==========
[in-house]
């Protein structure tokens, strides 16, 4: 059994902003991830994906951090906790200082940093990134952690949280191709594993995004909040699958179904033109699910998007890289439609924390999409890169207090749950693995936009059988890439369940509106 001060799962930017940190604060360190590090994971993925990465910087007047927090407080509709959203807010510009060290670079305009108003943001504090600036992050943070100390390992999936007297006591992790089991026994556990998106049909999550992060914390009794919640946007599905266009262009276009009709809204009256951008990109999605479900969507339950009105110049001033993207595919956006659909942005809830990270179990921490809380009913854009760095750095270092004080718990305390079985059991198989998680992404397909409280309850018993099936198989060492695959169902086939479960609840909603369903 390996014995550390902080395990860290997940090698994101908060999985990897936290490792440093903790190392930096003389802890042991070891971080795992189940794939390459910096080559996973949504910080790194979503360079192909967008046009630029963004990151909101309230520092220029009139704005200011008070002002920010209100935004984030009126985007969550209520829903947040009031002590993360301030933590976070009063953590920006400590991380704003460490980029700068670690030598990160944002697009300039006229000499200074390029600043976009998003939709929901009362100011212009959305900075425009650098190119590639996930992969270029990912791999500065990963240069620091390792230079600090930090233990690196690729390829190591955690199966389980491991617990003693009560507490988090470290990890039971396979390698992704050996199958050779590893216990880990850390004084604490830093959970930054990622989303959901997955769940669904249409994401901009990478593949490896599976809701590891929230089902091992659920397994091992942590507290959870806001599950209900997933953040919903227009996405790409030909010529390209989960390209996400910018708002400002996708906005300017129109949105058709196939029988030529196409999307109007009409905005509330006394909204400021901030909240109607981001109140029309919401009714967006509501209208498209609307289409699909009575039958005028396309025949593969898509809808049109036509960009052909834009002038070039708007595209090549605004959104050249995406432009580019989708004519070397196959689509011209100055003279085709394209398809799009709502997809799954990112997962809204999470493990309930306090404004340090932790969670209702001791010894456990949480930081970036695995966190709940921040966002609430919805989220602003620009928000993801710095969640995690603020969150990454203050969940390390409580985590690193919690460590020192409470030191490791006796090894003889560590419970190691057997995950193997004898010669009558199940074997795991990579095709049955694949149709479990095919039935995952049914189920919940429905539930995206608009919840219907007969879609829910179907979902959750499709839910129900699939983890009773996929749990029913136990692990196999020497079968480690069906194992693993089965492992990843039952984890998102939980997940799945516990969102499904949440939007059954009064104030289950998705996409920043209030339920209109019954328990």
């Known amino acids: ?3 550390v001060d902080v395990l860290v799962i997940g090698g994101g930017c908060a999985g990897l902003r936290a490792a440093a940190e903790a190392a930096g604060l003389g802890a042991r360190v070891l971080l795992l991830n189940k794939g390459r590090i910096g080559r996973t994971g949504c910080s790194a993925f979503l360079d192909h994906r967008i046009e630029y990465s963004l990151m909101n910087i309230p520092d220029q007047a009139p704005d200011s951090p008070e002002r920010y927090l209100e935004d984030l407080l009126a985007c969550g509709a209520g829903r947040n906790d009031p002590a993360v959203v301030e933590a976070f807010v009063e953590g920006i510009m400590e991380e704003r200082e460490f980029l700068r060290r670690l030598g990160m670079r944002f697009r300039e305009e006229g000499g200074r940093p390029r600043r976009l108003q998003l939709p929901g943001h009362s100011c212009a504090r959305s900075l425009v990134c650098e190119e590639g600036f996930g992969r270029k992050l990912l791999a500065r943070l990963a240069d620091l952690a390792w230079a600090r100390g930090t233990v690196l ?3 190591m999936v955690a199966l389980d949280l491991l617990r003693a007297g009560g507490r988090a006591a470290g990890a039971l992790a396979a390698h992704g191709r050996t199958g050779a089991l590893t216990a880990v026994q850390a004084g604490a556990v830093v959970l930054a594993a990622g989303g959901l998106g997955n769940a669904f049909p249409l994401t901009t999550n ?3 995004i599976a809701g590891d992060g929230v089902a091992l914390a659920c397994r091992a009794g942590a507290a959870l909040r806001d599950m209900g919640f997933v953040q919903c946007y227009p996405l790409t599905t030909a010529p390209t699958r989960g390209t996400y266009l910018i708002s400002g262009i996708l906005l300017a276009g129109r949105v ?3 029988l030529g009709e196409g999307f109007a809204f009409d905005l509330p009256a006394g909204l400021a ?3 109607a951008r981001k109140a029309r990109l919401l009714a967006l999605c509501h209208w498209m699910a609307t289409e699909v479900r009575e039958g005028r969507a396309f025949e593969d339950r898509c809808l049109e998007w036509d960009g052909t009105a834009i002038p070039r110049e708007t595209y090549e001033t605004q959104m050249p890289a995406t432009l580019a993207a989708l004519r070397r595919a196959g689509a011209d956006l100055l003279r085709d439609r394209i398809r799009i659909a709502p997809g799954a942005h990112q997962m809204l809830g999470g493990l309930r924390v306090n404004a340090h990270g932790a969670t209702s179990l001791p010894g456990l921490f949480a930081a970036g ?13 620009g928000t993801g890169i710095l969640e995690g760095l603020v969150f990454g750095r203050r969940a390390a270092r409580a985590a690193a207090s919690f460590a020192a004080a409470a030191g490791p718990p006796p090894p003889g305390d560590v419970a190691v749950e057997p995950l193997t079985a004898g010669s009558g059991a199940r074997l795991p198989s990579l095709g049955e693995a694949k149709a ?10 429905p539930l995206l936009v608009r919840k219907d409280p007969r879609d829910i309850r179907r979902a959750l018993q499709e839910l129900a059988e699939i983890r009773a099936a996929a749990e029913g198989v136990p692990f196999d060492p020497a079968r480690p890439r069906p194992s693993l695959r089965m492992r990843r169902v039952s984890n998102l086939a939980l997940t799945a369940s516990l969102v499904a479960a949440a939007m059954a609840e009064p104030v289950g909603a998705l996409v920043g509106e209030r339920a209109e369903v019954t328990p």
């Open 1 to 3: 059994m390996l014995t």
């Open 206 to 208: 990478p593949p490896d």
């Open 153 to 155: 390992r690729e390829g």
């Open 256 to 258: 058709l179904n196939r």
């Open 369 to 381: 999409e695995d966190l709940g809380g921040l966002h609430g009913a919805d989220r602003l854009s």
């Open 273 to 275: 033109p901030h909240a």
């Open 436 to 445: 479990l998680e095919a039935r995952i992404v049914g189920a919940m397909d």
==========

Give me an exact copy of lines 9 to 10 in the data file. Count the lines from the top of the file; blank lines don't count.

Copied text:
């Open 273 to 275: 033109p901030h909240a």
């Open 436 to 445: 479990l998680e095919a039935r995952i992404v049914g189920a919940m397909d």